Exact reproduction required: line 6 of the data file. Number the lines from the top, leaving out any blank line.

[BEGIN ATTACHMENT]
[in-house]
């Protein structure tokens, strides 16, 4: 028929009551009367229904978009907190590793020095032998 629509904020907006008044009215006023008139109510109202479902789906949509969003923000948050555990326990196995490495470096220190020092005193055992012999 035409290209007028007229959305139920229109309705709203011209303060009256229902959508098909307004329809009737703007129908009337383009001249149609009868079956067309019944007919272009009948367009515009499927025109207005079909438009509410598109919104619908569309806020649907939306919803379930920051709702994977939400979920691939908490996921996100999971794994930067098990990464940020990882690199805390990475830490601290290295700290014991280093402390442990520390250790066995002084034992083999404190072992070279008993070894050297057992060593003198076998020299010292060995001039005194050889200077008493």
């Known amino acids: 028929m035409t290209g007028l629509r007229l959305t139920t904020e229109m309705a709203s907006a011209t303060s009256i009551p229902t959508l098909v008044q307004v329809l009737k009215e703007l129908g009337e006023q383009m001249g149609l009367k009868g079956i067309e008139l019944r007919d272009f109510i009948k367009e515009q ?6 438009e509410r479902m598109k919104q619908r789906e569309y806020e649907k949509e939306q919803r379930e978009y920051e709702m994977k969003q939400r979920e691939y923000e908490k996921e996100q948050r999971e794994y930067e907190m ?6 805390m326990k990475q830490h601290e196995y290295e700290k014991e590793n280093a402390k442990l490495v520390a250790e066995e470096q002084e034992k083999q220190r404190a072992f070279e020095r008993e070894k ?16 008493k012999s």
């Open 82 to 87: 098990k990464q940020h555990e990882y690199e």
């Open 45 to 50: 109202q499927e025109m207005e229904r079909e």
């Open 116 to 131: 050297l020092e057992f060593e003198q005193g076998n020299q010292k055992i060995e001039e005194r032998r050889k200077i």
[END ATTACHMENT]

């Open 116 to 131: 050297l020092e057992f060593e003198q005193g076998n020299q010292k055992i060995e001039e005194r032998r050889k200077i």